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Case Conferences

RCCDSB Case Conferences

What is a Case Conference?

Anytime a school team or parents/guardians wishes to discuss a student’s progress and/or programming, a Case Conference is scheduled to facilitate and capture that discussion. A Case Conference can occur at any time, and could include discussions around the student’s academic program, behavioral needs, social emotional regulation, etc.. Often, at a Case Conference, a student’s strengths and areas of need are discussed, as well as the development of an action plan to precisely meet the student’s needs.

Who Attends a Case Conference?

The following members may participate in a Case Conference:
  • parent(s) or guardian(s)
  • student, when appropriate
  • classroom teacher(s)
  • subject teacher(s)
  • Special Education Resource Teacher (SERT)
  • guidance department representative (secondary schools)
  • educational assistant;
  • Board personnel (e.g., Special Education Coordinator, ABA team member, Mental Health and Wellness team member, Speech and Language Pathologist, etc.)
  • outside agencies (e.g., CHEO SBRS, Developmental Services, etc.)
RCCDSB Case Conferences

What Happens at a Case Conference?

The principal or vice-principal will chair the meeting. The Chair will introduce everyone in attendance and attendees will describe their roles. The Chair then leads everyone through the agenda. Participants are invited to provide information about the student and discuss the current issues. Information provided by parent(s) and guardian(s) is an important part of the discussion. Dialogue often leads to an action plan. At the end of the meeting, parent(s) or guardian(s) are asked to sign a copy of the meeting report which includes a summary of issues discussed and the plan of action. Following the meeting, parent(s) or guardian(s) are given a copy of the report for their records. The original copy is kept in the student’s Ontario Student Record (OSR) at the school. The plan of action may include:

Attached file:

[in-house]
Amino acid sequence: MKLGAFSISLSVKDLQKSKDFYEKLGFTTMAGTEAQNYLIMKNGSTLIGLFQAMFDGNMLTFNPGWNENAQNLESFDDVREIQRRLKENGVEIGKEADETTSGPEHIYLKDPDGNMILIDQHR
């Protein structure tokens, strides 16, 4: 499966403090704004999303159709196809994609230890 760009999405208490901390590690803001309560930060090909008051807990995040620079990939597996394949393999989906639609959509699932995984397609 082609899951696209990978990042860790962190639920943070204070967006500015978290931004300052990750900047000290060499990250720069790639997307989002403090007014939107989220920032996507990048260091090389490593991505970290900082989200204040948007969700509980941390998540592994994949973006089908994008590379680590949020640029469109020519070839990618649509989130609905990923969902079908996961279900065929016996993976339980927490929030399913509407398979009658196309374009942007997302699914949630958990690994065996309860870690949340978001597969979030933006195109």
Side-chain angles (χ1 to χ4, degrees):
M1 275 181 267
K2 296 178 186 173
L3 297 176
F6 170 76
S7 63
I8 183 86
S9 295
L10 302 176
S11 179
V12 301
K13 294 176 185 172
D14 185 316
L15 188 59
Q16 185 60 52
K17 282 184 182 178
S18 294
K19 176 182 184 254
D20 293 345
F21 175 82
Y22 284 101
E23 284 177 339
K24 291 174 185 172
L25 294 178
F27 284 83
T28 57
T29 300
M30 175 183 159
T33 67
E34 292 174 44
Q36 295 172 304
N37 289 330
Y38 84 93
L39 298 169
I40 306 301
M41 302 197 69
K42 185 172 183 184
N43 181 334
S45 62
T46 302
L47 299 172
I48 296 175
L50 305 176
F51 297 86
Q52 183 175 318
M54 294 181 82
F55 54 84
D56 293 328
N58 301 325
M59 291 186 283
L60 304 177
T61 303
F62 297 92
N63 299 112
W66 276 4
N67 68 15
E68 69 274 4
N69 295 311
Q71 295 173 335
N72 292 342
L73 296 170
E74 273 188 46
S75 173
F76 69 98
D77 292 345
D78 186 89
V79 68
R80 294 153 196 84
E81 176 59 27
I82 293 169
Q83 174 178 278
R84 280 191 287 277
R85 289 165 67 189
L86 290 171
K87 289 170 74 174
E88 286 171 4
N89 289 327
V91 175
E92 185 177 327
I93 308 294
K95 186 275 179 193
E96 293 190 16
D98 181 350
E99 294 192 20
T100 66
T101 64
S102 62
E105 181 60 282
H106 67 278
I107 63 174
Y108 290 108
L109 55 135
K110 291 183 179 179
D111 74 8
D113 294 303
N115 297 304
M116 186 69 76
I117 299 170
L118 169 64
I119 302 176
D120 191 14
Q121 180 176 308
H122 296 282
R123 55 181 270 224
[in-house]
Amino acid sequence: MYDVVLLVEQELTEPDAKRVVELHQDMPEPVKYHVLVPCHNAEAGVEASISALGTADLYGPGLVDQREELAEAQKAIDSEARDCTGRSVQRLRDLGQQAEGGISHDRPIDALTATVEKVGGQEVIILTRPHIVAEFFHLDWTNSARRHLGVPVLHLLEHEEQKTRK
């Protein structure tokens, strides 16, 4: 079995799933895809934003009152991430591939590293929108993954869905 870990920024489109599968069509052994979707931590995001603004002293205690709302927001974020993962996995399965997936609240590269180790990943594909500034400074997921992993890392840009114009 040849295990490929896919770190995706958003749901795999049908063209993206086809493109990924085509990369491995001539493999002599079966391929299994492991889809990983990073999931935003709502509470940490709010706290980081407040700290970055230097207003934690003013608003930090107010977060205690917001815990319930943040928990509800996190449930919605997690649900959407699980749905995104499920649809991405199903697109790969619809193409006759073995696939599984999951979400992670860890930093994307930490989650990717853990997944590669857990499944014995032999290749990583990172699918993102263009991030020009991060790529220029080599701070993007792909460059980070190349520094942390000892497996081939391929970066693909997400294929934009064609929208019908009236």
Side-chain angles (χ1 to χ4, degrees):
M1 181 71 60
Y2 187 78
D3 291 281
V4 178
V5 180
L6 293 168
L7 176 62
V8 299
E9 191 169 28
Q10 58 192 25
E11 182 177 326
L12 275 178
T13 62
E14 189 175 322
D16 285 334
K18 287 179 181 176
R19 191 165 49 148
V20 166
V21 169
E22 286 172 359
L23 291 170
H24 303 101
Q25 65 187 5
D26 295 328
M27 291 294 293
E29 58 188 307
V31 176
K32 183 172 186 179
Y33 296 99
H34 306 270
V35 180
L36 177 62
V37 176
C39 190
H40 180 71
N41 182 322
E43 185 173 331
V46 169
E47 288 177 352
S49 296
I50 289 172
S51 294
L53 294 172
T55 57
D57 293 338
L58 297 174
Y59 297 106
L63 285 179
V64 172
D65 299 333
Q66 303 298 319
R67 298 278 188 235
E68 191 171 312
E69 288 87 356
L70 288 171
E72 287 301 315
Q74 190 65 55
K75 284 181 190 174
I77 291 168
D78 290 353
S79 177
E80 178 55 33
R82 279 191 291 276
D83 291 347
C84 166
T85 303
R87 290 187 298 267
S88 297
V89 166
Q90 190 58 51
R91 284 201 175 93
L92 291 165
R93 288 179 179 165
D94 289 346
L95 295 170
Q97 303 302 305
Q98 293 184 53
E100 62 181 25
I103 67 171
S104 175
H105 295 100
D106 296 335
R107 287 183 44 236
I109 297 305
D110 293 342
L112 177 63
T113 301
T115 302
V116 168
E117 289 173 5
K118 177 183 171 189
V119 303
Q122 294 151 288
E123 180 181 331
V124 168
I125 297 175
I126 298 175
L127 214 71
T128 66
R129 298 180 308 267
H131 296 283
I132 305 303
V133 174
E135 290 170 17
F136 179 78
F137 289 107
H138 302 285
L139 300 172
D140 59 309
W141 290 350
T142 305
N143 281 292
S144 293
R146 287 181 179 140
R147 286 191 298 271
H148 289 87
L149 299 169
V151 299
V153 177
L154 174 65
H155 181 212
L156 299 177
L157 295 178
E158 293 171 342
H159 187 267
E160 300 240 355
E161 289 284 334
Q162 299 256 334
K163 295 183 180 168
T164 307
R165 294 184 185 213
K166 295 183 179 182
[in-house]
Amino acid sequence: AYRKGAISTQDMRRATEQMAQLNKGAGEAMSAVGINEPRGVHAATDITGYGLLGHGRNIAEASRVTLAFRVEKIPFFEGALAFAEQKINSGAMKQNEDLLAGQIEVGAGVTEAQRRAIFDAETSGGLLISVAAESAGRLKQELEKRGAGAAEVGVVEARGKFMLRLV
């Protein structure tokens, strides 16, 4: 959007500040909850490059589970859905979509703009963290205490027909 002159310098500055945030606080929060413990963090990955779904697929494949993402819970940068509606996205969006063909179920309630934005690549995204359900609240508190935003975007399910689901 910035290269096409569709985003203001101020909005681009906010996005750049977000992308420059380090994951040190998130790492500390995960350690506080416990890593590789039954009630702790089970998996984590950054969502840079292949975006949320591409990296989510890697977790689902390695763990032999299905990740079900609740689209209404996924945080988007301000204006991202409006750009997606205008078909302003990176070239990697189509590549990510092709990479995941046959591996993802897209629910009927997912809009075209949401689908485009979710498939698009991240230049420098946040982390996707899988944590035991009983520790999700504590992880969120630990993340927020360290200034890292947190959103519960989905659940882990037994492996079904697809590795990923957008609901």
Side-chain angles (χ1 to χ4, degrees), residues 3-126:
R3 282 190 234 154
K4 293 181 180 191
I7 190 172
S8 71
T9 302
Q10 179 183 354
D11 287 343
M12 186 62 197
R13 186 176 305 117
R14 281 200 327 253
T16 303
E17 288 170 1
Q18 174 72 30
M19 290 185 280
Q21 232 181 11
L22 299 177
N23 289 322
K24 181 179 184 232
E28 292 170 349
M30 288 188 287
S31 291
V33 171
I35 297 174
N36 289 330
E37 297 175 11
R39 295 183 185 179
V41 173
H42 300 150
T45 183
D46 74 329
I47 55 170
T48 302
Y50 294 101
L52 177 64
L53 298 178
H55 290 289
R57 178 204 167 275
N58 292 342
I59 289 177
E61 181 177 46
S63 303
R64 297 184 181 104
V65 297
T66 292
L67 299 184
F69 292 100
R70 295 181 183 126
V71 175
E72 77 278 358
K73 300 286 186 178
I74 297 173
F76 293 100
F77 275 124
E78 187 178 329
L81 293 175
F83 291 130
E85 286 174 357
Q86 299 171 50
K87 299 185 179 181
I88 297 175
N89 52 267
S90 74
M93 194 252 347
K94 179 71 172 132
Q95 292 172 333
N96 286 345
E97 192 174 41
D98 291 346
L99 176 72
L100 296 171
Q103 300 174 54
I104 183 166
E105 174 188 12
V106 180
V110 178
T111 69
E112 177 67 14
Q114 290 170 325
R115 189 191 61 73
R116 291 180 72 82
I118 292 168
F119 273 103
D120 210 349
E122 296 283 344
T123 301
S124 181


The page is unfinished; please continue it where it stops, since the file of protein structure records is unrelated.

• a continuation of the current programming;
  • changes in current programming;
  • recommendations to other services/supports;
  • creation of an Individual Education Plan (IEP) including possible accommodations, modifications and/or alternative programming, or changes to an existing IEP
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